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[Development] Earth Defend (web game)

Discussion in 'Game Development' started by SnaKy, Jun 10, 2015.

  1. SnaKy

    SnaKy

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    Hello there,

    in winter this year I started this small web-based game in javascript. Without much of beforehand idea it turned out to this. It's about an one man, known as Astronaut, defending whole Earth with various weapons against asteroids and various alien lifeforms. Main core of it took me whole two weeks but in some freetime I eventually was able to form it closer to my vision. It's still far from being labeled as finished project but it is playable at this point.

    [​IMG]

    You will need the newest Chrome, best played with full hd resolution (use fullscreen). It's capped on 60 fps.

    Play the game here: http://ed.baranok.eu/



    If you want to test all weapons tap key "T". Or just check console.

    Enjoy and don't hesitate to leave a comment.



    *
     
    Last edited: Jun 10, 2015
  2. GhostWolf

    GhostWolf

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    Looks decent for a prototype, I only find it ridiculous that you don't properly listen to simple events such as mouse clicks in a proper standard way, such that it will work in all decent browsers, though the source is kind of jumbled, so I can't even find where the event is registered.

    For starters, use EventTarget.addEventListener instead of the 10 years obsolete function properties, and don't get information from w3schools...(hint: it's a terrible site)

    I don't quite understand why you are using timeouts all over the place. Especially in places that are called pretty much right away (e.g. Main, what's even the point of the timeout there, just have it run in global scope, or let it be a self-executing function).

    Beyond that, the code is a bit too messy, and depends on too libraries, to really look around.
     
    Last edited: Jun 11, 2015
  3. SnaKy

    SnaKy

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    That explains why it didn't listened mouse with Apple products. I was learning on the run that explains the mess I guess. Never really wanted to refactor the code until I would be convinced it's good enough.

    When I tried to run too many funcs at once it kinda never got to the end, I guessed there is some limiter like in WC3 and timeouts fixed it.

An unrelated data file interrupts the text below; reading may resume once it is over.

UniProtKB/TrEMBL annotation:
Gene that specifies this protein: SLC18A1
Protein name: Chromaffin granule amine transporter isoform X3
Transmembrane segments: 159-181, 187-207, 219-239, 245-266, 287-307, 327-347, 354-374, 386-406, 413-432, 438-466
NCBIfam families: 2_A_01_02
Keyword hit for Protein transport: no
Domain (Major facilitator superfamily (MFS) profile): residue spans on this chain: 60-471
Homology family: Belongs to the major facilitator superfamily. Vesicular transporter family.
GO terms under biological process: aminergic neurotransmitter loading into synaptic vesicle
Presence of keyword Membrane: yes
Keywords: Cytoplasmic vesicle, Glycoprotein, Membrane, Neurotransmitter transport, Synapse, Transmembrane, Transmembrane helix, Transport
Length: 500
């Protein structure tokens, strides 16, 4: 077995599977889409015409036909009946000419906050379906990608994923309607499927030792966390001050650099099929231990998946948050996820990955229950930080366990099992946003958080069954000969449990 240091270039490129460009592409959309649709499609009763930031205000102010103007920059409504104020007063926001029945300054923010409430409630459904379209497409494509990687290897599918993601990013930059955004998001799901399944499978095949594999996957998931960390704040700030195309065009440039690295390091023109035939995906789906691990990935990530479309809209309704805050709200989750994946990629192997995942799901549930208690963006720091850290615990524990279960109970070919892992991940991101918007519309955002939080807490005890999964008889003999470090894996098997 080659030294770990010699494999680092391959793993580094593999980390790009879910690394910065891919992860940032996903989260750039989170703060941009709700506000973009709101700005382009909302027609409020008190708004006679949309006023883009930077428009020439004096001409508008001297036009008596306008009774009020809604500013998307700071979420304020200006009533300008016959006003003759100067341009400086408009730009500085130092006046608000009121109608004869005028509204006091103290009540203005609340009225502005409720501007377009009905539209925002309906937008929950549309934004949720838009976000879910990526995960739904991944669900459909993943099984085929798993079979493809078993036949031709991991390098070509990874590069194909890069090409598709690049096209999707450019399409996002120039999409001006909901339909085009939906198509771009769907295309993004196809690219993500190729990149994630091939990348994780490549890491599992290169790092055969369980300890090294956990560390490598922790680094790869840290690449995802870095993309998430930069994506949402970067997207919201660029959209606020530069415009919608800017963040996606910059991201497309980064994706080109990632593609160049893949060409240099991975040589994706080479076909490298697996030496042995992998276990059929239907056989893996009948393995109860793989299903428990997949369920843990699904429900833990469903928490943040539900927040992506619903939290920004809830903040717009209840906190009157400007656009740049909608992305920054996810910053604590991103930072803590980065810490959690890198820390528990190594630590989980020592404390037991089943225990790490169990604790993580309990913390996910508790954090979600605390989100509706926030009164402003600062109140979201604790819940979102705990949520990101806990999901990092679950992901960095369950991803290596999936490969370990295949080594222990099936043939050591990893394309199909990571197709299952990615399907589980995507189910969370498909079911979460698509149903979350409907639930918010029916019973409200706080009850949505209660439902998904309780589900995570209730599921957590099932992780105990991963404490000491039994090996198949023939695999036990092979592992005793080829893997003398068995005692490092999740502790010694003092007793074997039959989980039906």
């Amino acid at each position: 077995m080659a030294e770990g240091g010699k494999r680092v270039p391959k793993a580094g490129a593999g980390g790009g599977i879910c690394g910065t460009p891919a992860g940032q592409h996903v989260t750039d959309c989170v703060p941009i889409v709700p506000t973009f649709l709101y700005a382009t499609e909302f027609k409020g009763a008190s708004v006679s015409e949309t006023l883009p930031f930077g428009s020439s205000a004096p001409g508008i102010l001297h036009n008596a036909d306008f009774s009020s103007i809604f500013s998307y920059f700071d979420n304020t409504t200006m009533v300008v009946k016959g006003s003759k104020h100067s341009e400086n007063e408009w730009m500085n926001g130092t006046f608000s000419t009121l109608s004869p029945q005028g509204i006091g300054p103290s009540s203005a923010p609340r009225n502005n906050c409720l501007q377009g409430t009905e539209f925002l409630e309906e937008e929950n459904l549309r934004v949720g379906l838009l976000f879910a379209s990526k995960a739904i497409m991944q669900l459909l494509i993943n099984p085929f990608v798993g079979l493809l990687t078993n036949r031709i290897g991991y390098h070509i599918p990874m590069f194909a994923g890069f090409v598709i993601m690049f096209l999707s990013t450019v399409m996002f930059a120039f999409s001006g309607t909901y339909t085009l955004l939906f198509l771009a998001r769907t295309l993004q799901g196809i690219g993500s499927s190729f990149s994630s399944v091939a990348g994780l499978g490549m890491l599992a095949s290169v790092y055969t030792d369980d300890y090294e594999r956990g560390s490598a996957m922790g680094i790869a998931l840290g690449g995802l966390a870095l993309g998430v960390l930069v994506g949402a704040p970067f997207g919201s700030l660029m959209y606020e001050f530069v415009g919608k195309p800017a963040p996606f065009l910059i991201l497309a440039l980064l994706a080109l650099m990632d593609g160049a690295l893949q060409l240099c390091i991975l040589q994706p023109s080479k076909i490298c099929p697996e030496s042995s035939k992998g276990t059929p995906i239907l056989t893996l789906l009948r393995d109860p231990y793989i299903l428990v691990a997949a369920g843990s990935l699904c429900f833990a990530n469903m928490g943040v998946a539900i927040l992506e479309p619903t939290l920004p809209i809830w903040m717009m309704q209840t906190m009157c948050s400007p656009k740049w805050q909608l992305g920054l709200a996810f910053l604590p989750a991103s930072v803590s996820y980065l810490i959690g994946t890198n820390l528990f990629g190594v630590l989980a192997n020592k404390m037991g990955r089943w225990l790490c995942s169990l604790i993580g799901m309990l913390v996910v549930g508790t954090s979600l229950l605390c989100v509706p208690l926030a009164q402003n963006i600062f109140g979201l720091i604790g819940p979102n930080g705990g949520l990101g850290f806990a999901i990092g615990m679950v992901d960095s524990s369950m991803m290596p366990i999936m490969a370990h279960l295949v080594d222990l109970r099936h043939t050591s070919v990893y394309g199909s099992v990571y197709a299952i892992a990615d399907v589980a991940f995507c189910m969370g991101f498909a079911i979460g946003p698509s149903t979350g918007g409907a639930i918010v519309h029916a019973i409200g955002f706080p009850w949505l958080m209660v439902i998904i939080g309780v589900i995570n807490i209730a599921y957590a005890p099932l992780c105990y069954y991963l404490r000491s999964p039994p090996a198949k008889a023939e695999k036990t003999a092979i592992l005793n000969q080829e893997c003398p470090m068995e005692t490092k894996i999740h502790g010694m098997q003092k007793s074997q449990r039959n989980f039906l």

Anyway I never really guessed somebody would look at the code (tho' I would do the same). I appreciate the new perspective you gave me upon this. Also thanks for feedback.

    Have a Good day.
     
  4. GhostWolf

    GhostWolf

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    There are no limiters of any kind, and there isn't really a point in having main-flow code run with timeouts.
    Now if you want to organize code better and not have everything in global scope, self-executing functions kind of achieve the job.
    If it hang, then there is an issue with the code.

    As to refactoring, that's perfectly sensible, I am all for making bad but working code, and later on rewriting it (ala code iterations), especially when learning a new language.
    One of the more noticeable things to me is the lack of prototypes. E.g. for the different AI types, where you can have a generic attack method for every type, instead of a large switch, and just having functions inside their scopes, for example - createAstronaut could as well be the constructor of your player, and the rest of the functions be its methods.
    Code (Javascript):

    function Player(...) {
        // initialize all the stuff you put in the Player variable
        // then do the stuff in createAstronaut
    }

    Player.prototype = {
        destroy: function () {
            // destroyAstronaut
        },

        animate: function () {
            // animateAstronaut
        },

        load: function () {
            // loadPlayer
        },

        ... // and so on
    };

    // Example of usage
    var myPlayer = new Player();
    myPlayer.animate();
     

    Right now your code is very similar to procedural code, and having prototypes and methods tends to result in neater and more readable code (I am tempted to write OOP, however I scorn that overused and overemphasized term).

    Generally speaking though, try to stick to standard ECMAScript 5 features, instead of mixing all sorts of really old and obsolete things. In this regard, w3schools is a terrible site. MDN, and searching for stuff on stackoverflow, is much more preferable.